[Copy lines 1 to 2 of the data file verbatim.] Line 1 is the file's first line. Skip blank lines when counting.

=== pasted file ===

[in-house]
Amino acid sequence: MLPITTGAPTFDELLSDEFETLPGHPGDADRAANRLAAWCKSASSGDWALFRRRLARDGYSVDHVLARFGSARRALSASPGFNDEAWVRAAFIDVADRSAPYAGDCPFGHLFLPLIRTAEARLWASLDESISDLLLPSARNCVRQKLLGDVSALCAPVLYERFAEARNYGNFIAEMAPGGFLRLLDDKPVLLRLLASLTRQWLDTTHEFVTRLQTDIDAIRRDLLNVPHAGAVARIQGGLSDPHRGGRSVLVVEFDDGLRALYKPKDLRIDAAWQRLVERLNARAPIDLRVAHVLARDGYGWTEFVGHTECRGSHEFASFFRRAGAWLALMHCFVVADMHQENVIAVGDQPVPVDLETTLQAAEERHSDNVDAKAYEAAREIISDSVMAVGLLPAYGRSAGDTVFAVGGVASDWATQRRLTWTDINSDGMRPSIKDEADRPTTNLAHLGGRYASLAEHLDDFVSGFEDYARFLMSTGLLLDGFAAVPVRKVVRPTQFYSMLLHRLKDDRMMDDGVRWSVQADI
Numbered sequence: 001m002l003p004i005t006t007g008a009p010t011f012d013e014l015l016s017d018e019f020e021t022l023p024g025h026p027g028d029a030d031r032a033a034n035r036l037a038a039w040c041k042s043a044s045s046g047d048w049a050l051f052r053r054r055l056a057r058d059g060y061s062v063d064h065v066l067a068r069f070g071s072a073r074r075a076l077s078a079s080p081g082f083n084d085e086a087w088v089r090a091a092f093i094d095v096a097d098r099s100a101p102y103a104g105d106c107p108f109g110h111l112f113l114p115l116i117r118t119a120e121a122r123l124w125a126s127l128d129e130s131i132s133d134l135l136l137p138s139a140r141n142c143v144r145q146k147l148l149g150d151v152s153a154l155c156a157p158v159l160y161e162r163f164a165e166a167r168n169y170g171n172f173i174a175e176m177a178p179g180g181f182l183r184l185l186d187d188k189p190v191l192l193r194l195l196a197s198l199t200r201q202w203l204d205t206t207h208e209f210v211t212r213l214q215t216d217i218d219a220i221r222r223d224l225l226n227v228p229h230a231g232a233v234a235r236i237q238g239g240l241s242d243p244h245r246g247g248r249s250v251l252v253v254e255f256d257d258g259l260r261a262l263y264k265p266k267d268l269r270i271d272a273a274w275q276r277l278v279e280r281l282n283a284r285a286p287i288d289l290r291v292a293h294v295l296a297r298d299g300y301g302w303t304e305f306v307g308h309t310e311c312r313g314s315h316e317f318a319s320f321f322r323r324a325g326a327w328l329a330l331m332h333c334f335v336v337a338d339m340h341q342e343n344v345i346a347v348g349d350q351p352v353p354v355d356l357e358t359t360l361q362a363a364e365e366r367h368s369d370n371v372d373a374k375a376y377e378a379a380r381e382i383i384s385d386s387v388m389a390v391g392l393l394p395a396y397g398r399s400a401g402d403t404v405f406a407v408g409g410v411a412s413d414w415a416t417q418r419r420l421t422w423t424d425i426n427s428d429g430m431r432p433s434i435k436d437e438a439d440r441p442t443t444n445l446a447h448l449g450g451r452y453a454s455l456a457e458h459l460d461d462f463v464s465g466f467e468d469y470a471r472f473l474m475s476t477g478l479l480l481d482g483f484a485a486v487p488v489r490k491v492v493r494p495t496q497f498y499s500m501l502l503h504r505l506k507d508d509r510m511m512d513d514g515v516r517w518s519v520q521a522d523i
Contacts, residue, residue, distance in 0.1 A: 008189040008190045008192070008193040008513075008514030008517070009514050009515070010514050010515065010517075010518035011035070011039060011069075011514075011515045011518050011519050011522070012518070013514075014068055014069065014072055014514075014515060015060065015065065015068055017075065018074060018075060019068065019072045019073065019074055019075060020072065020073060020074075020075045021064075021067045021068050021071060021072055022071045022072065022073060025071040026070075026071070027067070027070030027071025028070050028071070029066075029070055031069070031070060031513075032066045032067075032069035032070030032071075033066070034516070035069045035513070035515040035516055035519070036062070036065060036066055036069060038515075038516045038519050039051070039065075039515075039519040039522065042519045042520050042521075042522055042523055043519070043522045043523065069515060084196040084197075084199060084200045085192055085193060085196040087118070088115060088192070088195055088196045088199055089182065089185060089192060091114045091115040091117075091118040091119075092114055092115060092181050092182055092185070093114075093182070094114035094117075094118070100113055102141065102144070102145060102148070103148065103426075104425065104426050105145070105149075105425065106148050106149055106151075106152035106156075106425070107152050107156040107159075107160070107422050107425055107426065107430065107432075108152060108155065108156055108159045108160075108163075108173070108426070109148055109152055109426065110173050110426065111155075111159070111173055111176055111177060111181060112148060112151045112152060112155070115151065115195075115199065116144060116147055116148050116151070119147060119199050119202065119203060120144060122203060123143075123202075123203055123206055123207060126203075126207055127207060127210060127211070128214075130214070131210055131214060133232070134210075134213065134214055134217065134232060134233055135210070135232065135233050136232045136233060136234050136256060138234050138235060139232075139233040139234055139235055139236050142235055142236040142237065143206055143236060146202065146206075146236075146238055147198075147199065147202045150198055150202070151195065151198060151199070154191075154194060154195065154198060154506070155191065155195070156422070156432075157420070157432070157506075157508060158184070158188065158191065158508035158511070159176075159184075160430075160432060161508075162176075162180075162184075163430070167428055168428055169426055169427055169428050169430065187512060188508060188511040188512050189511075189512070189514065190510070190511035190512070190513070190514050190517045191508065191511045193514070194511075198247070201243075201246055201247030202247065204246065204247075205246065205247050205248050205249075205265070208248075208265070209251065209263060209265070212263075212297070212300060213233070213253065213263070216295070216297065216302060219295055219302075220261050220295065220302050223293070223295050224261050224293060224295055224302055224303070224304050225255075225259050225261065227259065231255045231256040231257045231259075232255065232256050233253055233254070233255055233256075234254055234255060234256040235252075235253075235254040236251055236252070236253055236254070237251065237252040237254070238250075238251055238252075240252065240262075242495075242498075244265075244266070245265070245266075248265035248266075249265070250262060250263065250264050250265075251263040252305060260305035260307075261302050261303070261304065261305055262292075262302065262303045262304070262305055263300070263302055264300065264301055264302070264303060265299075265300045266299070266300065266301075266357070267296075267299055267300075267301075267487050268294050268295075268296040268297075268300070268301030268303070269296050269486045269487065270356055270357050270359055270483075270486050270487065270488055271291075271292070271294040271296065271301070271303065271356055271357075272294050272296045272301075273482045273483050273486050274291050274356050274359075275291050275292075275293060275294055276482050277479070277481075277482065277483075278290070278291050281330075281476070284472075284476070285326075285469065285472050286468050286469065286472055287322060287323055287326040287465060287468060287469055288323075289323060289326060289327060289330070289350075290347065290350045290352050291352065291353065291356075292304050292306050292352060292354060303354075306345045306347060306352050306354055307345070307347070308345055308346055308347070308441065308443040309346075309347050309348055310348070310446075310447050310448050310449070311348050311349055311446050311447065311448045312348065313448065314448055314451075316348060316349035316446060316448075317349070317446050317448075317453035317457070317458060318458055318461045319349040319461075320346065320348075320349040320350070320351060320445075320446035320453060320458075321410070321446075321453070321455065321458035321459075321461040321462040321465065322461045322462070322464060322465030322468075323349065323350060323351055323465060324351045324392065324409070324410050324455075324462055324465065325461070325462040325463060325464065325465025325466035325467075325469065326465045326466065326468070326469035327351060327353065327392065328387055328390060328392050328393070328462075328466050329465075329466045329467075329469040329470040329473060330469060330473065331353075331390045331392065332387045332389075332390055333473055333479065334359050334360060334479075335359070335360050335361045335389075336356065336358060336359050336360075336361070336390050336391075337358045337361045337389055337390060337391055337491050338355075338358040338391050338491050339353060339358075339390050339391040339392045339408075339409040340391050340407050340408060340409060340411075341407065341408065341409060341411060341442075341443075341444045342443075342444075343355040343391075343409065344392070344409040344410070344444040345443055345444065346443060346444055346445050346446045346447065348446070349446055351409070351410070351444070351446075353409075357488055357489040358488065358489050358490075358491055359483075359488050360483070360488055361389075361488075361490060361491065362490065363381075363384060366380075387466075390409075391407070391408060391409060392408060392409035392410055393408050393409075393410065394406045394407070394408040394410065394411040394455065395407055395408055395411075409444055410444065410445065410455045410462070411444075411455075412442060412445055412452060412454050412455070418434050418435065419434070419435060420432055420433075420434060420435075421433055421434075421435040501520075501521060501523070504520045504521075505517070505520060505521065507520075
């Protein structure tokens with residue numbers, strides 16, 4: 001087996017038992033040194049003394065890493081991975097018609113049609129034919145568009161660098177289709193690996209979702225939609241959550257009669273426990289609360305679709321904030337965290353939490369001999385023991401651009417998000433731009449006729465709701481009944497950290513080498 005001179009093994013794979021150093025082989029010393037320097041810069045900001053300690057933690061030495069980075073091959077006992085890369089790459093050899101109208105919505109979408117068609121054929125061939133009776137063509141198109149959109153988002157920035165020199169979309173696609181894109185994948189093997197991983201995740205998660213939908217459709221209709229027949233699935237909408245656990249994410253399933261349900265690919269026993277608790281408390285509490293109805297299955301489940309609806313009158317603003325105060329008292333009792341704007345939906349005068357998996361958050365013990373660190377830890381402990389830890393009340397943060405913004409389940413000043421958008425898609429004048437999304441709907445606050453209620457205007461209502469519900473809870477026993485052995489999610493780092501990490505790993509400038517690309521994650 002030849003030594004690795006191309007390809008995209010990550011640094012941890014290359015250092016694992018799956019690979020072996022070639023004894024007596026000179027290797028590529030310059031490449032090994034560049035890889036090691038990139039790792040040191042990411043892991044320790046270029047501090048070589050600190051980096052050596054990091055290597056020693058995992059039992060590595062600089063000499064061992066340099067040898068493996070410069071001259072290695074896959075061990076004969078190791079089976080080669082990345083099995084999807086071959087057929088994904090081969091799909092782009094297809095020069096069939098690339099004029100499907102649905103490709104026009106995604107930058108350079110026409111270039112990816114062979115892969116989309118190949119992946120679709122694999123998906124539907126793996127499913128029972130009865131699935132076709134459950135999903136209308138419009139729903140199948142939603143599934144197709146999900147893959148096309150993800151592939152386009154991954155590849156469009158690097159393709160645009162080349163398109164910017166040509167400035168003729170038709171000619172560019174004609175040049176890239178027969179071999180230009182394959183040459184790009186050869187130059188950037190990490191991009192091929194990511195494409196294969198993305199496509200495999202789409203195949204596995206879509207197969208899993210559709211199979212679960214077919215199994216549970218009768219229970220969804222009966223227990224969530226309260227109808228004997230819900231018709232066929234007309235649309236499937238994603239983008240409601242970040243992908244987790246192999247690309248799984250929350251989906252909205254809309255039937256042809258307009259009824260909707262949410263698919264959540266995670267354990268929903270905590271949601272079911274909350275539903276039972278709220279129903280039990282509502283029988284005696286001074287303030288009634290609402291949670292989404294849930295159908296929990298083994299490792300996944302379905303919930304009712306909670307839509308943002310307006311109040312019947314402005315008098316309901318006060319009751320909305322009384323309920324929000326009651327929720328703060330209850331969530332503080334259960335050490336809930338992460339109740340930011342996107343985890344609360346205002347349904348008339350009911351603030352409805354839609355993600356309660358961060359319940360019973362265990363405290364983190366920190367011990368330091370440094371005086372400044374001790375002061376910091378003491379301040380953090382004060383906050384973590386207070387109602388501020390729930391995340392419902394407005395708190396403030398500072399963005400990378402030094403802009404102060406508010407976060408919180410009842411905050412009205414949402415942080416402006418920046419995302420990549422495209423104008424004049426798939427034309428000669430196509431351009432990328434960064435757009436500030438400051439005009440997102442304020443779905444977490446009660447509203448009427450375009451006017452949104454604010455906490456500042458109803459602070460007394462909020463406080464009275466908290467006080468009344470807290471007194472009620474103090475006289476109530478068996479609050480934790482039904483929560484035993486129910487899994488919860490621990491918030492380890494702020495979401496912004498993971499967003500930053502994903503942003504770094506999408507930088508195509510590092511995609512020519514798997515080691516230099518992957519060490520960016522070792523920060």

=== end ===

[in-house]
Amino acid sequence: MLPITTGAPTFDELLSDEFETLPGHPGDADRAANRLAAWCKSASSGDWALFRRRLARDGYSVDHVLARFGSARRALSASPGFNDEAWVRAAFIDVADRSAPYAGDCPFGHLFLPLIRTAEARLWASLDESISDLLLPSARNCVRQKLLGDVSALCAPVLYERFAEARNYGNFIAEMAPGGFLRLLDDKPVLLRLLASLTRQWLDTTHEFVTRLQTDIDAIRRDLLNVPHAGAVARIQGGLSDPHRGGRSVLVVEFDDGLRALYKPKDLRIDAAWQRLVERLNARAPIDLRVAHVLARDGYGWTEFVGHTECRGSHEFASFFRRAGAWLALMHCFVVADMHQENVIAVGDQPVPVDLETTLQAAEERHSDNVDAKAYEAAREIISDSVMAVGLLPAYGRSAGDTVFAVGGVASDWATQRRLTWTDINSDGMRPSIKDEADRPTTNLAHLGGRYASLAEHLDDFVSGFEDYARFLMSTGLLLDGFAAVPVRKVVRPTQFYSMLLHRLKDDRMMDDGVRWSVQADI